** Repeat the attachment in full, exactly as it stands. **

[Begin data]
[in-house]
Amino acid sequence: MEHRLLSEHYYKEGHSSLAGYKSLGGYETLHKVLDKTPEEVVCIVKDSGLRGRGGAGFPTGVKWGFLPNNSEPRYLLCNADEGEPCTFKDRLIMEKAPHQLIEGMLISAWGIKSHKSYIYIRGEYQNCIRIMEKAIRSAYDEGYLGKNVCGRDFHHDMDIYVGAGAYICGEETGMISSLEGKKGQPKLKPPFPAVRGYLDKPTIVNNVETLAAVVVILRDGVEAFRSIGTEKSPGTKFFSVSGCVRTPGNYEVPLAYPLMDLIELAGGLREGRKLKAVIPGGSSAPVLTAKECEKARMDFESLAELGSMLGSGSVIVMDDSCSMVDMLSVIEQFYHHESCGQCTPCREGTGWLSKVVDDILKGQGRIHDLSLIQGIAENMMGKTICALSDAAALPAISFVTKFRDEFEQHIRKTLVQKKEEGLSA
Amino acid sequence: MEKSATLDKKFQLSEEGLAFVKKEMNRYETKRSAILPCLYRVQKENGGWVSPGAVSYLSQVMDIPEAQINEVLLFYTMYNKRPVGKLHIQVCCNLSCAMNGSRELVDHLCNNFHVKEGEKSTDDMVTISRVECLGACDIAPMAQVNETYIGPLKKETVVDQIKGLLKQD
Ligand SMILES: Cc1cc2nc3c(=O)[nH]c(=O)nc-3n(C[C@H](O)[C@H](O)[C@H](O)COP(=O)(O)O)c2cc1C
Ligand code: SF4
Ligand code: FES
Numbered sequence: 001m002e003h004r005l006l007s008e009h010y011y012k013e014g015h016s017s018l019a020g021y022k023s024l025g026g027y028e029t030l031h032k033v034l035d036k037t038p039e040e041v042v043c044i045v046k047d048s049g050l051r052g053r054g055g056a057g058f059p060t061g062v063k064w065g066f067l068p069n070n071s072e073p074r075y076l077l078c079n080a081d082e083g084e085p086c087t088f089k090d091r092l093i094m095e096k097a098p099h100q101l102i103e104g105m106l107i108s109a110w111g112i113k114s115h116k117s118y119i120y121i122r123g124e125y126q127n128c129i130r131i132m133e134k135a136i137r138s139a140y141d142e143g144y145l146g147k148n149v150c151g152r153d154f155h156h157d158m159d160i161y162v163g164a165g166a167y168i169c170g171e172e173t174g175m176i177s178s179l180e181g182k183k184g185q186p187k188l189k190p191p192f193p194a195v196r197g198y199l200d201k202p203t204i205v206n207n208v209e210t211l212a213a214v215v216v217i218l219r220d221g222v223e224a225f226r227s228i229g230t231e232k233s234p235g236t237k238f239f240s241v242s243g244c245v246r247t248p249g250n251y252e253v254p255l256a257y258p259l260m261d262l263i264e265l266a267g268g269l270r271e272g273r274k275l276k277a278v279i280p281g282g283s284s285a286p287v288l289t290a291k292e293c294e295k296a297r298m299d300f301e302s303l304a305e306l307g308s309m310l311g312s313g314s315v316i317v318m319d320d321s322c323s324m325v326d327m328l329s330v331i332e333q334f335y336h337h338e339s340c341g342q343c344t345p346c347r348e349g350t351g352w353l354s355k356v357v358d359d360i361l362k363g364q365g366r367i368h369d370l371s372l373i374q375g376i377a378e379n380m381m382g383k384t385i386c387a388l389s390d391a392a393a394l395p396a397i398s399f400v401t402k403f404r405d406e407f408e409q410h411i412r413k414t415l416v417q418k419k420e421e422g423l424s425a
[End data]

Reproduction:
[in-house]
Amino acid sequence: MEHRLLSEHYYKEGHSSLAGYKSLGGYETLHKVLDKTPEEVVCIVKDSGLRGRGGAGFPTGVKWGFLPNNSEPRYLLCNADEGEPCTFKDRLIMEKAPHQLIEGMLISAWGIKSHKSYIYIRGEYQNCIRIMEKAIRSAYDEGYLGKNVCGRDFHHDMDIYVGAGAYICGEETGMISSLEGKKGQPKLKPPFPAVRGYLDKPTIVNNVETLAAVVVILRDGVEAFRSIGTEKSPGTKFFSVSGCVRTPGNYEVPLAYPLMDLIELAGGLREGRKLKAVIPGGSSAPVLTAKECEKARMDFESLAELGSMLGSGSVIVMDDSCSMVDMLSVIEQFYHHESCGQCTPCREGTGWLSKVVDDILKGQGRIHDLSLIQGIAENMMGKTICALSDAAALPAISFVTKFRDEFEQHIRKTLVQKKEEGLSA
Amino acid sequence: MEKSATLDKKFQLSEEGLAFVKKEMNRYETKRSAILPCLYRVQKENGGWVSPGAVSYLSQVMDIPEAQINEVLLFYTMYNKRPVGKLHIQVCCNLSCAMNGSRELVDHLCNNFHVKEGEKSTDDMVTISRVECLGACDIAPMAQVNETYIGPLKKETVVDQIKGLLKQD
Ligand SMILES: Cc1cc2nc3c(=O)[nH]c(=O)nc-3n(C[C@H](O)[C@H](O)[C@H](O)COP(=O)(O)O)c2cc1C
Ligand code: SF4
Ligand code: FES
Numbered sequence: 001m002e003h004r005l006l007s008e009h010y011y012k013e014g015h016s017s018l019a020g021y022k023s024l025g026g027y028e029t030l031h032k033v034l035d036k037t038p039e040e041v042v043c044i045v046k047d048s049g050l051r052g053r054g055g056a057g058f059p060t061g062v063k064w065g066f067l068p069n070n071s072e073p074r075y076l077l078c079n080a081d082e083g084e085p086c087t088f089k090d091r092l093i094m095e096k097a098p099h100q101l102i103e104g105m106l107i108s109a110w111g112i113k114s115h116k117s118y119i120y121i122r123g124e125y126q127n128c129i130r131i132m133e134k135a136i137r138s139a140y141d142e143g144y145l146g147k148n149v150c151g152r153d154f155h156h157d158m159d160i161y162v163g164a165g166a167y168i169c170g171e172e173t174g175m176i177s178s179l180e181g182k183k184g185q186p187k188l189k190p191p192f193p194a195v196r197g198y199l200d201k202p203t204i205v206n207n208v209e210t211l212a213a214v215v216v217i218l219r220d221g222v223e224a225f226r227s228i229g230t231e232k233s234p235g236t237k238f239f240s241v242s243g244c245v246r247t248p249g250n251y252e253v254p255l256a257y258p259l260m261d262l263i264e265l266a267g268g269l270r271e272g273r274k275l276k277a278v279i280p281g282g283s284s285a286p287v288l289t290a291k292e293c294e295k296a297r298m299d300f301e302s303l304a305e306l307g308s309m310l311g312s313g314s315v316i317v318m319d320d321s322c323s324m325v326d327m328l329s330v331i332e333q334f335y336h337h338e339s340c341g342q343c344t345p346c347r348e349g350t351g352w353l354s355k356v357v358d359d360i361l362k363g364q365g366r367i368h369d370l371s372l373i374q375g376i377a378e379n380m381m382g383k384t385i386c387a388l389s390d391a392a393a394l395p396a397i398s399f400v401t402k403f404r405d406e407f408e409q410h411i412r413k414t415l416v417q418k419k420e421e422g423l424s425a